The job market is already a tough place for nonveterans to find work. Veteran jobs are even tougher to find as veterans struggle to sell themselves to employers and overcome the stigma of PTSD. Officials say younger veterans are having the hardest time finding work.

The Bureau of Labor Statistics report for 2012 states that the unemployment rate for veterans ages 25 to 34 is 10.6 percent, and a whopping 20.4 percent for the 18-to-24 age group. Those numbers were much higher than the civilian figures of 8.2 percent for those 25 to 34, and 15 percent for the 18-to-24 group..

Hiring Our Heroes, a U.S. Chamber of Commerce program, has staged 490 job fairs since March 2011, resulting in more than 18,400 veterans and military spouses finding work. Schmiegel, a retired Marine lieutenant colonel, said that while their goal is to introduce employers to the talent pool, veterans must close the deal.

“This isn’t charity,” he said. “We can help show veterans where the jobs are and how to broaden themselves. But once they have the tools, then it’s up to them.”

TAP GPS Program in Place

By Debbie Gregory.

With the implementation of the Defense Department’s revamped Transition Assistance Program (TAP), military members leaving the service should receive better guidance as they navigate the transition.

The search for veteran jobs and veteran friendly schools is made easier with the services now offered through TAP. Aspiring veteran business owners can also seek the help of the office as they move from the uniform to launching their own businesses.

Dr. Susan S. Kelly, principal director of the DOD’s Transition to Veterans Program Office, testified before the HASC Subcommittee on Military Personnel both on the status of the requirements of the Veterans Opportunity to Work Act and the recommendations of the Presidential Veteran Employment Initiative Task Force for the redesigned TAP. Both have placed veteran jobs, veteran schools and help with Post 9/11 GI Bill issues at the top of their agendas.

“[The DOD] and its partners have fundamentally redesigned TAP, making the needs of today’s service members and their families a top priority,” Kelly said, adding that the redesigned program encompasses the requirements of the VOW Act, in addition to recommendations from the Veterans Employment Initiative Task Force.

The new TAP, now in its second phase of use, is known as the DOD Transition Assistance Program: Goals, Plans and Success, or TAP GPS. TAP GPS is the cornerstone of the DOD’s transition efforts and a collaborative partnership among the Defense, Veterans Affairs, Labor and Education departments, the Small Business Administration and the Office of Personnel management.

Kelly told the group that the overall goal is to prepare service members who are heading into the civilian sector, as they search for education and employment opportunities that are veteran friendly. She went on to say that the core of the redesigned TAP establishes the new career readiness standards, extends the transition preparation through the entire span of service members’ careers, and provides counseling to develop their individual transition plan.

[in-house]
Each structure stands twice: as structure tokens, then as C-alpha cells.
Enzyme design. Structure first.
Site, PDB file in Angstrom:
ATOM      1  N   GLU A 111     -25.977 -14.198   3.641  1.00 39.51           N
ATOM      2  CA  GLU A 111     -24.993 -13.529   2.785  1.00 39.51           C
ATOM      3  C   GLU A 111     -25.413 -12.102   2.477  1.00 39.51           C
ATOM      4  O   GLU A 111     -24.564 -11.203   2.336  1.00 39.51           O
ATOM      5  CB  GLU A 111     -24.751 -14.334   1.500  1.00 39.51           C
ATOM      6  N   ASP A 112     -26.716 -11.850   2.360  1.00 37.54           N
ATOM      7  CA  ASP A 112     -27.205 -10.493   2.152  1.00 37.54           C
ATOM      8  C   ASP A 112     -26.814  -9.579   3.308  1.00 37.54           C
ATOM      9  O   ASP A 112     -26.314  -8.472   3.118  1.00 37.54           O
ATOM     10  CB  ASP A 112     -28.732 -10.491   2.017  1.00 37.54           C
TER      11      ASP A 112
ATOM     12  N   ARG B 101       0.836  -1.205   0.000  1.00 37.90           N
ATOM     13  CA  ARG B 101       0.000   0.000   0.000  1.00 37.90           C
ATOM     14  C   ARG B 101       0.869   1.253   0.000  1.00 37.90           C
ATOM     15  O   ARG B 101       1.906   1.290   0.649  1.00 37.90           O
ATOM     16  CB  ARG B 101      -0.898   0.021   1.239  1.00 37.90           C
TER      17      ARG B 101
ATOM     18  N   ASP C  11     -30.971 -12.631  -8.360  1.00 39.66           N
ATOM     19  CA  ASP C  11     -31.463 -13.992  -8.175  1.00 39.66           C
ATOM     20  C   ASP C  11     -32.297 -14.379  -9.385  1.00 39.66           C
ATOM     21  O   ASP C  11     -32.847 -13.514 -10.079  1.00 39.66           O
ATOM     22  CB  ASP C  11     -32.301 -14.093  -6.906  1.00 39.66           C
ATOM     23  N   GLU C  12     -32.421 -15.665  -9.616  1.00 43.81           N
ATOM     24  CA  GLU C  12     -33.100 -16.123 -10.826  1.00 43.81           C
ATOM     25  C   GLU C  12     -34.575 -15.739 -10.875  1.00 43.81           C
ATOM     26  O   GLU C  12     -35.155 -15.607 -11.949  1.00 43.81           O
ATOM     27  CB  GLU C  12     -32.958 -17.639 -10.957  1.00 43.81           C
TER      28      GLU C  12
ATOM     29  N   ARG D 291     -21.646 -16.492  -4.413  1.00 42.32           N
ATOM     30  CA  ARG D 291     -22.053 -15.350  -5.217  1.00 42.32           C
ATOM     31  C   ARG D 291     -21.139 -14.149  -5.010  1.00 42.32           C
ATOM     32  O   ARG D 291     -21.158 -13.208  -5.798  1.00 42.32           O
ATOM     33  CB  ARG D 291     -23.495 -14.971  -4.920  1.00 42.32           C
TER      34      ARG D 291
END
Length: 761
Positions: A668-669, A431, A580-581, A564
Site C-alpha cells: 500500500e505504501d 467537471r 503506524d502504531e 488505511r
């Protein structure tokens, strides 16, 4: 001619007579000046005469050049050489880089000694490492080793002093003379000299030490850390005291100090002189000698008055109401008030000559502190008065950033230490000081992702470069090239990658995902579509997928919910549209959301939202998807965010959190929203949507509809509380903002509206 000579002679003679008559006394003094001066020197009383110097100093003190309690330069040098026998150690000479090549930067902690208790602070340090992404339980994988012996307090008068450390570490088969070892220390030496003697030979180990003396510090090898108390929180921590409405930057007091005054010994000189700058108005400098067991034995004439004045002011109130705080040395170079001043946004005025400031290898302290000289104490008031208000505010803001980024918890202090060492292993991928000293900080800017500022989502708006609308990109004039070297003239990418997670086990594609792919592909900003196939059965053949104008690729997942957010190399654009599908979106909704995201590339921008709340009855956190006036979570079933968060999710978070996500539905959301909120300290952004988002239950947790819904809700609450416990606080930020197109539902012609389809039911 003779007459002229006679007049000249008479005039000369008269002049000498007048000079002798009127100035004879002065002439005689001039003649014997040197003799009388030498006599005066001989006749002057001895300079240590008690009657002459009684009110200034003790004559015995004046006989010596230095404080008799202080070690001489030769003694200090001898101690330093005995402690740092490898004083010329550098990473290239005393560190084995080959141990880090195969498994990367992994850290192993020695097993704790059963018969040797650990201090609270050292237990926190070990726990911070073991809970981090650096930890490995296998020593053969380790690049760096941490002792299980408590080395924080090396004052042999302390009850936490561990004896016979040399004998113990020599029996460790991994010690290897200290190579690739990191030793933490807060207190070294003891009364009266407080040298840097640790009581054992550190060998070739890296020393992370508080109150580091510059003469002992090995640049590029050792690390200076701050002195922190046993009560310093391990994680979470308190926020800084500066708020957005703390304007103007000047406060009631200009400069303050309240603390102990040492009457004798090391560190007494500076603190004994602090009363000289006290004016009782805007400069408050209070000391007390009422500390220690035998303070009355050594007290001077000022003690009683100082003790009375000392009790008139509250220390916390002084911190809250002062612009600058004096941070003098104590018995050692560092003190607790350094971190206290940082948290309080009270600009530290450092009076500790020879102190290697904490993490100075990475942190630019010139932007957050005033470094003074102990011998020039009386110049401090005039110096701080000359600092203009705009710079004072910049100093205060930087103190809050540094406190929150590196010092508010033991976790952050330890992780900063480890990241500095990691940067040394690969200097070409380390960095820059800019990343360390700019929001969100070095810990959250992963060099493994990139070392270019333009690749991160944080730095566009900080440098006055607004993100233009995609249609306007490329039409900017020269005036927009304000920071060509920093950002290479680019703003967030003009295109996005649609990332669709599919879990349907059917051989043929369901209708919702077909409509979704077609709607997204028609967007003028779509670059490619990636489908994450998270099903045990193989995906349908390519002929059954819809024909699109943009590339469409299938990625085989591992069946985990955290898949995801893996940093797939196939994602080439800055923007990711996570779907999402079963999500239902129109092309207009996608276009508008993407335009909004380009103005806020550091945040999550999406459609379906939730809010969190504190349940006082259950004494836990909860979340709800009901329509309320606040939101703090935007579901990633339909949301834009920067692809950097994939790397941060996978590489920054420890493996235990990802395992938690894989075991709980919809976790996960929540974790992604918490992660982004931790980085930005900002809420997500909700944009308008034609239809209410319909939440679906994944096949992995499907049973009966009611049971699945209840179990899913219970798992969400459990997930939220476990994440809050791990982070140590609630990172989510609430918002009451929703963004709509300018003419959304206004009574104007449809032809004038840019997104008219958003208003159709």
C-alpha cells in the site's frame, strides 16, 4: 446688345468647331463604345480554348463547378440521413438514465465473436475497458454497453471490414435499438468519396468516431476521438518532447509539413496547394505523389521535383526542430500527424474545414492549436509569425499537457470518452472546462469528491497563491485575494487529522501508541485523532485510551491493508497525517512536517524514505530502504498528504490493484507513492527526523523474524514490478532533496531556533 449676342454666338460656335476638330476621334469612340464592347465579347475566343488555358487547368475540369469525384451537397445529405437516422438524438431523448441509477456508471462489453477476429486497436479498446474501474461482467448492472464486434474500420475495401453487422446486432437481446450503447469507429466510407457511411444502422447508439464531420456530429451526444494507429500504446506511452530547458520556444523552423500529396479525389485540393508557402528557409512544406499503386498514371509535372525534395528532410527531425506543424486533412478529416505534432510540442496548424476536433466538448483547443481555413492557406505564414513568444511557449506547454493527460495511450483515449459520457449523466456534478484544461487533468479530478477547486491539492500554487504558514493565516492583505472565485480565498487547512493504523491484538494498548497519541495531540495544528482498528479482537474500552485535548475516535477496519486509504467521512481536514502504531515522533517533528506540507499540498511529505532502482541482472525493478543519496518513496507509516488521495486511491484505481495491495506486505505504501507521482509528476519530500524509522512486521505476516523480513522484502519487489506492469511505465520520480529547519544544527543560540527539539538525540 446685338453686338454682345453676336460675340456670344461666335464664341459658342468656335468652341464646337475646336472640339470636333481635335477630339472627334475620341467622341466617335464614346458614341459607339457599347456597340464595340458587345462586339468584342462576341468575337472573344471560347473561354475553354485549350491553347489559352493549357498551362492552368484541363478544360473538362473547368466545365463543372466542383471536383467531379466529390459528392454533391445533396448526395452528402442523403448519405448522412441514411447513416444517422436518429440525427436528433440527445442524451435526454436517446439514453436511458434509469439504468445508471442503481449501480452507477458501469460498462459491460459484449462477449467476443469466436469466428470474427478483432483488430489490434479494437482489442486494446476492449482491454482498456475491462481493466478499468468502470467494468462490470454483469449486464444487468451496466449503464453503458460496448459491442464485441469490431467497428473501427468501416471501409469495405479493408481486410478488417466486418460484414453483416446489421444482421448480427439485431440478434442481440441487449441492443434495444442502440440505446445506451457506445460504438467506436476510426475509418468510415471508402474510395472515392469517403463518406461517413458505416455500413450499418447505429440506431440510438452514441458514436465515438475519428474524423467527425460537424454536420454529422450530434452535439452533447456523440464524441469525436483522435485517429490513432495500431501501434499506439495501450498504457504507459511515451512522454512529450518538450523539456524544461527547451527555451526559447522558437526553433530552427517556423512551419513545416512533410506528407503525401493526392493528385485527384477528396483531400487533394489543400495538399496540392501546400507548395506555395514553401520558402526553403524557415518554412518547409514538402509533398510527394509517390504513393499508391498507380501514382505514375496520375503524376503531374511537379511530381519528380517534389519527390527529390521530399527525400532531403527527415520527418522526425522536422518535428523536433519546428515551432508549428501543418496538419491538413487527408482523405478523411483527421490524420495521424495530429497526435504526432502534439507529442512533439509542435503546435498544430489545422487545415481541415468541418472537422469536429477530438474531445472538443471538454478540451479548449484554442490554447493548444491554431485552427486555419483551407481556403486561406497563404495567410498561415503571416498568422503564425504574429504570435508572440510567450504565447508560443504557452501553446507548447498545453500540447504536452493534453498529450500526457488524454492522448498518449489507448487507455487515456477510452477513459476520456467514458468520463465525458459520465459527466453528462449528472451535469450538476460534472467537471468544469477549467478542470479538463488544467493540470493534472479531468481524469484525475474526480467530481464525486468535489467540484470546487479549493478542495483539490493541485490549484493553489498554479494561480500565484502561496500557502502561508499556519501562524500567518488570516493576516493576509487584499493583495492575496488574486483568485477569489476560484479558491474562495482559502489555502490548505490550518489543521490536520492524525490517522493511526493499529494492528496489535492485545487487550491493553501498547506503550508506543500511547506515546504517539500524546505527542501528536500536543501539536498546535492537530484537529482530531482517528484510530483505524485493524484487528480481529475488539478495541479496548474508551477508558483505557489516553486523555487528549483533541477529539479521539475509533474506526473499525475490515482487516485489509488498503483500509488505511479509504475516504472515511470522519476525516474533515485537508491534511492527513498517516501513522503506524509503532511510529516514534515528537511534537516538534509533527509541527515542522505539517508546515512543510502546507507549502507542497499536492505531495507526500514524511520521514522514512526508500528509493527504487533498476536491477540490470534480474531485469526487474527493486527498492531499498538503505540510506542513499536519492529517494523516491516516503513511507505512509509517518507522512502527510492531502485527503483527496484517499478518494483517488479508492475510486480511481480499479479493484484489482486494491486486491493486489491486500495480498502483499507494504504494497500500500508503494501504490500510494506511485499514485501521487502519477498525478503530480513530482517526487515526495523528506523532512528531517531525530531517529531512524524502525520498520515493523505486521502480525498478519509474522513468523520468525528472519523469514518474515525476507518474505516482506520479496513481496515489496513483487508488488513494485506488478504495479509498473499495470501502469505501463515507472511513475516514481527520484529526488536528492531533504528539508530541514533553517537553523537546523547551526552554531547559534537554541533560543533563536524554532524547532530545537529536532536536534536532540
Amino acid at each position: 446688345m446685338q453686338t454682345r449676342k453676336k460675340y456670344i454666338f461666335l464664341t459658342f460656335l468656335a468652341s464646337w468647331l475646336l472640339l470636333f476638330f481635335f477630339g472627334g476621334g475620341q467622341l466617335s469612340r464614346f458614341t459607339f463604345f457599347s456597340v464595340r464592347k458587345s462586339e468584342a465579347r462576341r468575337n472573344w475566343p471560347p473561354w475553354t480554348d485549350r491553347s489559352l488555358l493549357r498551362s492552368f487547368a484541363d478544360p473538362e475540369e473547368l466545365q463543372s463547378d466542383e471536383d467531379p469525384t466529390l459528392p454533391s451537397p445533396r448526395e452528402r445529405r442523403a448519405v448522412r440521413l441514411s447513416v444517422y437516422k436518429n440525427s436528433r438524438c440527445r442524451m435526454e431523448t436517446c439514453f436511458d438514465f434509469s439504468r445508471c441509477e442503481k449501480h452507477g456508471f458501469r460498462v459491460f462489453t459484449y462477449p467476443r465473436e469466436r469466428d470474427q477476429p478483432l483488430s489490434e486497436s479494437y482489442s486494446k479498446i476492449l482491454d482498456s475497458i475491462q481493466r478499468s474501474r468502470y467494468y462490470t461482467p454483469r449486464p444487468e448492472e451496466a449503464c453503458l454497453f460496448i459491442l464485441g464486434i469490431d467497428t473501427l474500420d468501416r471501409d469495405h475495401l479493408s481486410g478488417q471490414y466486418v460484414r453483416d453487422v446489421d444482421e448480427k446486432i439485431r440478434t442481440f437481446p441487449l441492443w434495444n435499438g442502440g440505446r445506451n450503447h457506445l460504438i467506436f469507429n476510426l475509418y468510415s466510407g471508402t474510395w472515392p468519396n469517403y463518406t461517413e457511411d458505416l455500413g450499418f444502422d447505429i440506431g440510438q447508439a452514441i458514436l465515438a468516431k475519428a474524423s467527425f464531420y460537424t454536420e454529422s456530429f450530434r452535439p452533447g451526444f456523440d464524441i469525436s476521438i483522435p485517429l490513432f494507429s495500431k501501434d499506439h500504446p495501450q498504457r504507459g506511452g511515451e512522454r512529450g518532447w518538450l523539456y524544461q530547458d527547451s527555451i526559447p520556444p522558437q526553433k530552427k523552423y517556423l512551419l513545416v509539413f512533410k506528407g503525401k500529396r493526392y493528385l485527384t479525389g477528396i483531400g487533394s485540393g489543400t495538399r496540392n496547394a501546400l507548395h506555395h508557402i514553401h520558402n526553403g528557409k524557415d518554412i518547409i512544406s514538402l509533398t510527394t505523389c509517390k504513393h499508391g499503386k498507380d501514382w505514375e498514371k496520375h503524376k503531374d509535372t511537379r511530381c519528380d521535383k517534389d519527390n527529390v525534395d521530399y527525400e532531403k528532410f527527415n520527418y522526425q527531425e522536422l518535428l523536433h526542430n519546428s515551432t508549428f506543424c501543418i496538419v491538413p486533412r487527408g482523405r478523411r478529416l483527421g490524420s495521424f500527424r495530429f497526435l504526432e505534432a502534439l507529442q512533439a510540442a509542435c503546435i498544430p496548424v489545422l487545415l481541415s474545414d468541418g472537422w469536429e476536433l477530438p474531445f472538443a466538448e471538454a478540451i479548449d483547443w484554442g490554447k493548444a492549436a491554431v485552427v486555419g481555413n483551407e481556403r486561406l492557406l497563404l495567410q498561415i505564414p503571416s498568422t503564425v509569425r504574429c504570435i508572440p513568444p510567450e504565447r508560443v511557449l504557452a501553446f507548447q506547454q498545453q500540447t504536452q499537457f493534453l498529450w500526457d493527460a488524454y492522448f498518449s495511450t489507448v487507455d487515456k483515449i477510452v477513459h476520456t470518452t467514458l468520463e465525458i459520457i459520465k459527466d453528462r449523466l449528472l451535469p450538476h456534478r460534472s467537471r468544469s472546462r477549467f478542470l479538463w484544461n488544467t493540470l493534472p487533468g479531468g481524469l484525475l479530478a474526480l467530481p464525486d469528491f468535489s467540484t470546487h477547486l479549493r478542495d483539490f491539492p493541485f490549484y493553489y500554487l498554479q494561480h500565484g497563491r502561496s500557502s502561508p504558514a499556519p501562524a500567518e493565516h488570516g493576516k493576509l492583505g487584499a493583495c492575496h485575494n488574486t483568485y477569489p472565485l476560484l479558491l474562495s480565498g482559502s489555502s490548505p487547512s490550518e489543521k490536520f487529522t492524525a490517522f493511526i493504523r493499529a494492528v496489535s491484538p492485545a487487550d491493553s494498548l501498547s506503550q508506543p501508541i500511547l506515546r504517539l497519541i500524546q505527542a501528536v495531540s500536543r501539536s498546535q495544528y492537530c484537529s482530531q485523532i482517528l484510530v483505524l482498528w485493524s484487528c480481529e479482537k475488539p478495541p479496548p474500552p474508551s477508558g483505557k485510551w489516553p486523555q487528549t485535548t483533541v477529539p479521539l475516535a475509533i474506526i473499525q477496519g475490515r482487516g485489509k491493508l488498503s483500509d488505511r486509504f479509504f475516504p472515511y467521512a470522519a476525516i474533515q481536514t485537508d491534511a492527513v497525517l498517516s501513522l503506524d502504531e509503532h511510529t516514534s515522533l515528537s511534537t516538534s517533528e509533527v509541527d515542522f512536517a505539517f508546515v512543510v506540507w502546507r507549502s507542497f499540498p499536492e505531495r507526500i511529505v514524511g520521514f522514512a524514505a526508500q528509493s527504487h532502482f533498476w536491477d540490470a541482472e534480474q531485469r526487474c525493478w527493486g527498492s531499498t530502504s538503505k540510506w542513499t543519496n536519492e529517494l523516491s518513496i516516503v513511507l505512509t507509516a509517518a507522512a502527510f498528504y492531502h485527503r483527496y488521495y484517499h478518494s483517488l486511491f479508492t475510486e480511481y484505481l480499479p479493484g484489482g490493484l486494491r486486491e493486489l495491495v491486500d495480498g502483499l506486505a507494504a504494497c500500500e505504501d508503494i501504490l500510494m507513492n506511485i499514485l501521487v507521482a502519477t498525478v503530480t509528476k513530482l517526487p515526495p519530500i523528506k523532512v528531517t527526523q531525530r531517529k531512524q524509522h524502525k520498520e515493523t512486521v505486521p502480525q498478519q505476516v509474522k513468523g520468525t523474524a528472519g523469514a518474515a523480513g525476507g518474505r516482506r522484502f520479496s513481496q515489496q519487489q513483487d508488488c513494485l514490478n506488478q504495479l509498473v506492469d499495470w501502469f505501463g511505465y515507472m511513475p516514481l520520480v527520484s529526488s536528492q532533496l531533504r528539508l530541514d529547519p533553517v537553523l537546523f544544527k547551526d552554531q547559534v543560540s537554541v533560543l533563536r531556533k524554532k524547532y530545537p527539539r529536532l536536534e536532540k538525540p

TAP will be part of the Military Life Cycle Transition model that will be in place by the end of fiscal year 2014. That program aims to “empower service members to make informed career decisions and take responsibility for advancing their personal goals”, Kelly said.

First Lady Announced Certification Plan for High Tech Veteran Jobs

By Debbie Gregory.

A new program announced by First Lady Michelle Obama will allow thousands of soldiers to leave the military with more than battlefield experience. They will have the chance to earn certifications in high-paying technology careers – before they enter the civilian sector.

Mrs. Obama unveiled the new Information Technology Training and Certification Partnership to put thousands of service members to work in high tech jobs for veterans. The new partnership will provide up to 161,000 service members the chance to earn certifications and complete credentialing programs before ever stepping out of uniform.

The program is expected to garner more than 1.8 million veteran jobs by 2020, with average salaries of more than $81,000, according to a White House fact sheet

Mrs. Obama said that too often, men and women in uniform come home to find that the training and experience they’ve received in the military doesn’t count toward civilian employment, “or they discover that the credits they’ve earned in military courses don’t transfer when they enroll in college, so they’re turned away from jobs that they’re more than qualified to do.”

The program is just one of several initiatives set forth by Mrs. Obama and her husband to boost the number of veteran jobs available across the nation.

President Barack Obama has partnered with the manufacturing sector to facilitate service members receiving high-demand advanced manufacturing certifications as they transition into veteran technical jobs . It also ties in with the recently developed DOD Military Credentialing and Licensing Task Force, and the first lady’s February challenge to the country’s governors; take executive or legislative action for service members to get the credentials they need to transition to the civilian labor market by the end of 2015.

“We’re here today … not just for our veterans and our military families, but for our economy and for the future of our country,” Mrs. Obama told members of four roundtables who will work to streamline the credentialing program.

Members of the roundtables represented the Defense Department and the military services, the private sector, industry trade associations, unions, educational institutions, state legislatures, veterans’ service organizations and state licensing boards.

Mrs. Obama emphasized that changing laws is just the beginning, noting that “even the best laws in the world won’t make a difference until companies are actually making those job offers, schools are accepting those credits, and our veterans and military spouses are actually collecting those paychecks that they need to take care of their families.”